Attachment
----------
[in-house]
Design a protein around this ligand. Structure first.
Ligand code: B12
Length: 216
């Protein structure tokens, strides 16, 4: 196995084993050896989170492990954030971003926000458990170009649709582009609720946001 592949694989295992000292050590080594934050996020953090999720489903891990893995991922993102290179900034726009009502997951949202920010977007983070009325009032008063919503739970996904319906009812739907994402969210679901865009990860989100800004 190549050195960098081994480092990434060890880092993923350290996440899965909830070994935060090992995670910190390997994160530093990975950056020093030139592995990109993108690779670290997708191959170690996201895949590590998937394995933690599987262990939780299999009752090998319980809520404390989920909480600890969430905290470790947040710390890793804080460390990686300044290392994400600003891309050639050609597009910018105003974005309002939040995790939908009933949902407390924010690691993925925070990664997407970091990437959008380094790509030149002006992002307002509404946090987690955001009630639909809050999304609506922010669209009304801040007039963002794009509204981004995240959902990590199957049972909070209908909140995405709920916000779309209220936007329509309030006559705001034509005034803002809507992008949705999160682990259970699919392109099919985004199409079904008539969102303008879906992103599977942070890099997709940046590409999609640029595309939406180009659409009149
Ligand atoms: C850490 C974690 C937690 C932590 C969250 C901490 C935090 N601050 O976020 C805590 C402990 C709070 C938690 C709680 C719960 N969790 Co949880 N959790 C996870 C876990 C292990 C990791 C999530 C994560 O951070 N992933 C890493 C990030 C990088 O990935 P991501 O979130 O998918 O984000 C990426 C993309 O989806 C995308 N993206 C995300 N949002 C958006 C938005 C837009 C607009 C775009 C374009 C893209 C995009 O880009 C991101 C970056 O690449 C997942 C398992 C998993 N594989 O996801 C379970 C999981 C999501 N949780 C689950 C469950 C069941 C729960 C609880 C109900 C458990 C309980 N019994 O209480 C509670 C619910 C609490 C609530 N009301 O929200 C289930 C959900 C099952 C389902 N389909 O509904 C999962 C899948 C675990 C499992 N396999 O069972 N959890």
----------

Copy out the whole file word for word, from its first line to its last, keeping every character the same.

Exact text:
[in-house]
Design a protein around this ligand. Structure first.
Ligand code: B12
Length: 216
């Protein structure tokens, strides 16, 4: 196995084993050896989170492990954030971003926000458990170009649709582009609720946001 592949694989295992000292050590080594934050996020953090999720489903891990893995991922993102290179900034726009009502997951949202920010977007983070009325009032008063919503739970996904319906009812739907994402969210679901865009990860989100800004 190549050195960098081994480092990434060890880092993923350290996440899965909830070994935060090992995670910190390997994160530093990975950056020093030139592995990109993108690779670290997708191959170690996201895949590590998937394995933690599987262990939780299999009752090998319980809520404390989920909480600890969430905290470790947040710390890793804080460390990686300044290392994400600003891309050639050609597009910018105003974005309002939040995790939908009933949902407390924010690691993925925070990664997407970091990437959008380094790509030149002006992002307002509404946090987690955001009630639909809050999304609506922010669209009304801040007039963002794009509204981004995240959902990590199957049972909070209908909140995405709920916000779309209220936007329509309030006559705001034509005034803002809507992008949705999160682990259970699919392109099919985004199409079904008539969102303008879906992103599977942070890099997709940046590409999609640029595309939406180009659409009149
Ligand atoms: C850490 C974690 C937690 C932590 C969250 C901490 C935090 N601050 O976020 C805590 C402990 C709070 C938690 C709680 C719960 N969790 Co949880 N959790 C996870 C876990 C292990 C990791 C999530 C994560 O951070 N992933 C890493 C990030 C990088 O990935 P991501 O979130 O998918 O984000 C990426 C993309 O989806 C995308 N993206 C995300 N949002 C958006 C938005 C837009 C607009 C775009 C374009 C893209 C995009 O880009 C991101 C970056 O690449 C997942 C398992 C998993 N594989 O996801 C379970 C999981 C999501 N949780 C689950 C469950 C069941 C729960 C609880 C109900 C458990 C309980 N019994 O209480 C509670 C619910 C609490 C609530 N009301 O929200 C289930 C959900 C099952 C389902 N389909 O509904 C999962 C899948 C675990 C499992 N396999 O069972 N959890």